• Glory Hound: Captain Wakeman is focused on making himself known to the Navy's senior leadership, in an attempt to be assigned to a more prestigious post than a space cruiser.
  • Inappropriately Close Comrades: Jen advises Paul early on never to break the navy's rules against relationships between crew on the same ship, since it's impossible to keep something like that secret in the cramped conditions on board. In fact, the two end up breaking those rules themselves, although not too severely an upcoming transfer is about to make the relationship permissible, and they just get started slightly early (and not on the ship itself). The ship's executive officer figures it out anyway, but is prepared to let it slide.
  • Incorruptible Pure Pureness: Paul Sinclair.
  • Indestructible Edible: Tradition simultaneously uses fruitcake "as a warning to all the universe of the awful culinary weapons available to the human race" and emergency rations for any distressed ship that might find in in a million years.
  • It's All About Me: In A Just Determination, Sinclair realizes that another officer is not this because he's angry about something which has no potential to harm him.
  • Knight in Shining Armor: Used for Paul, more than once.
  • Leader: Herdez gives quite a talk on it in A Just Determination.
  • Maybe Magic, Maybe Mundane: An explanation offered for certain occurrences aboard the Michaelson, none of which endangered anyone or anything seriously, is ghosts of sailors who have died aboard the ship in the line of duty.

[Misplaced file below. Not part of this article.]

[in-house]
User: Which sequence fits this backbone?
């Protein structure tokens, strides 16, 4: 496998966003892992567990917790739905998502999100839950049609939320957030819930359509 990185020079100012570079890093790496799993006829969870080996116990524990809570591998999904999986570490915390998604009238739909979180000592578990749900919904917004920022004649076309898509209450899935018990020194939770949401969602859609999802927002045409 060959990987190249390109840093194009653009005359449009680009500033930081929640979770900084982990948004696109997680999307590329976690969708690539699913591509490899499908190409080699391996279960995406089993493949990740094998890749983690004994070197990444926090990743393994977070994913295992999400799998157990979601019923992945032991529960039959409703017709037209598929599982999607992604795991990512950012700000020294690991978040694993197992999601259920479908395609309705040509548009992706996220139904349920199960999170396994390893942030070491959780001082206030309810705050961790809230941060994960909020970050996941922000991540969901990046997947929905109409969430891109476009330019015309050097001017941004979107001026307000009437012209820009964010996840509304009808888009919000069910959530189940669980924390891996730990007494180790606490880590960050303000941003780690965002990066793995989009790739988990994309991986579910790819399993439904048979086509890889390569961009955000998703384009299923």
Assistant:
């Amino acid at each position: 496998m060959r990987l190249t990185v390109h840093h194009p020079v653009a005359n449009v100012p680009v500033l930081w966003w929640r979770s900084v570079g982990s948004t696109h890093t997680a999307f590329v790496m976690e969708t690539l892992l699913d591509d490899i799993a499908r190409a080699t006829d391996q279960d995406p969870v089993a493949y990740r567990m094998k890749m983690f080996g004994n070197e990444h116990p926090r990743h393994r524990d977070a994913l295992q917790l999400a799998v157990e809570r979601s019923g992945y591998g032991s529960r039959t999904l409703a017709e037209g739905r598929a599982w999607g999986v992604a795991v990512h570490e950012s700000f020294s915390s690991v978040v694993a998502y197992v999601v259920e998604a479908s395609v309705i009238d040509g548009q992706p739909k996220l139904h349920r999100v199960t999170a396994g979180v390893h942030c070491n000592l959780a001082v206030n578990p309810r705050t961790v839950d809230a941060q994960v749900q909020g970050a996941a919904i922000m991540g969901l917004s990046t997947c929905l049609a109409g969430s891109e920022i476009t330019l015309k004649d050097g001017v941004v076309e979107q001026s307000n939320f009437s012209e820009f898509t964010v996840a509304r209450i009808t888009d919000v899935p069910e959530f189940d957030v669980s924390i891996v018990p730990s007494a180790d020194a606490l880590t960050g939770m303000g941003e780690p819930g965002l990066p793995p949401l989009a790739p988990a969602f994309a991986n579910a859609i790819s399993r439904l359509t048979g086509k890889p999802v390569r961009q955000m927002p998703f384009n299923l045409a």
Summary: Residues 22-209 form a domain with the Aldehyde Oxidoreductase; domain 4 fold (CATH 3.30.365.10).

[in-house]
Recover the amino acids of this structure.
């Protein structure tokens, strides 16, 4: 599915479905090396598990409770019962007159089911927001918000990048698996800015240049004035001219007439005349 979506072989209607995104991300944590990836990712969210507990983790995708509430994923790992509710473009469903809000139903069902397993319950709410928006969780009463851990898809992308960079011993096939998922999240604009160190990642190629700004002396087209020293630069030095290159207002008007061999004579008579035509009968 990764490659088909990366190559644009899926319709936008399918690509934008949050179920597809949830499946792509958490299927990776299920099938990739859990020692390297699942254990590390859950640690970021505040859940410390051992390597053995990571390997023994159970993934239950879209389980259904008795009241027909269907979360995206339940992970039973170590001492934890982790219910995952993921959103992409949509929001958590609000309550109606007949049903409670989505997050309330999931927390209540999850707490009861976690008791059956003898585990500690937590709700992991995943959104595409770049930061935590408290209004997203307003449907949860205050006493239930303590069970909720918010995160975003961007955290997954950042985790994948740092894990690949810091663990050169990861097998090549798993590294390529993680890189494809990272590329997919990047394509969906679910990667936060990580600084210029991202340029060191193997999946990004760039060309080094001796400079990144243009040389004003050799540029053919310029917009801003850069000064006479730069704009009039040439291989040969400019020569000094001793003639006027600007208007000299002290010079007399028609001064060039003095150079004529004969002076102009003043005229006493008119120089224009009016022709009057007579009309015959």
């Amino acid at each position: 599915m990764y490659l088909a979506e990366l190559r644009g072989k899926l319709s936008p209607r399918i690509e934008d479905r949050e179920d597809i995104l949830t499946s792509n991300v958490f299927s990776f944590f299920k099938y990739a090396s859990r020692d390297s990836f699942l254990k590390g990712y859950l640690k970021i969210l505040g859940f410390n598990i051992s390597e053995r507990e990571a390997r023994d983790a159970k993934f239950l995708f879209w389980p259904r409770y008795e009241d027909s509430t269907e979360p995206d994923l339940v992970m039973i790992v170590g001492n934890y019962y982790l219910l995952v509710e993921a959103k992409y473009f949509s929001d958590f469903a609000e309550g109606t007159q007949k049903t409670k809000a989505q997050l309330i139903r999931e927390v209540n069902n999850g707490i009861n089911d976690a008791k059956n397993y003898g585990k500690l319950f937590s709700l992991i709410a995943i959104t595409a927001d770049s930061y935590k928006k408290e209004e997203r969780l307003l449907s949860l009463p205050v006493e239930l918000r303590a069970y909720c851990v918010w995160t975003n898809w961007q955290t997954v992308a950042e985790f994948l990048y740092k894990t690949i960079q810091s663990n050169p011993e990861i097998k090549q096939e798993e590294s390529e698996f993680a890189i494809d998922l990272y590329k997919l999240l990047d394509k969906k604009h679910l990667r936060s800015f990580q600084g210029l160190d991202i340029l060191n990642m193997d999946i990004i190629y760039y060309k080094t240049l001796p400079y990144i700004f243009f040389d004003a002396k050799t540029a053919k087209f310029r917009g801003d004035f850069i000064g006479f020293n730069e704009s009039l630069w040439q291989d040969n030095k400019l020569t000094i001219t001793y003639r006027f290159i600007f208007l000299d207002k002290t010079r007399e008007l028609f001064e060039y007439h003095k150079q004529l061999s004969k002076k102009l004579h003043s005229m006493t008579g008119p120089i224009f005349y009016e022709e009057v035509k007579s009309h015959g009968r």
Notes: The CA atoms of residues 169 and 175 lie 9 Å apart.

• The Men First: Paul nearly slips up in Burden of Proof with water.
  • Running Gag: "WHERE'S TWEED?"
  • The Scrounger: Sykes is a good supply officer, willing to go the extra mile to ensure that the ship has all it needs to perform its tasks, in spite of his apparently being a slacker.
  • Single Woman Seeks Good Man: Why Jen warms to Paul.
  • The Slacker: Sykes looks like this, rarely seen outside the officer's ward room drinking coffee.
  • Smoking Gun: In Rule of Evidence, circumstantial evidence is about to convict Lt. Jen Shen in the explosion that crippled the Maury, until Sinclair discovers through alternate means that a critical piece of new equipment had potentially devastating flaws covered up for the sake of forcing it into service.
  • Space Is Noisy: Simulated, with sound used to help crew members keep track of nearby ships and other objects.
  • Stealth in Space: With extreme difficulty — much discussed in A Just Determination.
  • Textile Work Is Feminine: Carl expects Jen to start knitting, she and Paul are so domesticated.
  • Thrown Out the Airlock: The fruitcake, in a New Year's tradition.
  • Unable to Cry: Carl Meadows in A Just Determination.
  • Weasel Co-Worker: Scott Silver. Starting with his pushing off the work of standing watch on the junior officer.
  • With Due Respect: Sharpe won't talk with Paul once in Burden of Proof.
  • Would Not Shoot a Civilian: In A Just Determination, wrongfully engaging a civilian ship is what lands Captain Wakeman a court martial.
  • Write What You Know / Shown Their Work: John Hemry served as a ship's Legal Officer for a time in the US Navy, and in very much the same capacity Sinclair does in the beginning of the series.
  • Wrong Genre Savvy: Jen warns Paul he's read too many books about knights in shining armor.
  • You Are in Command Now: A limited duty officer points out to Paul that it could happen to him.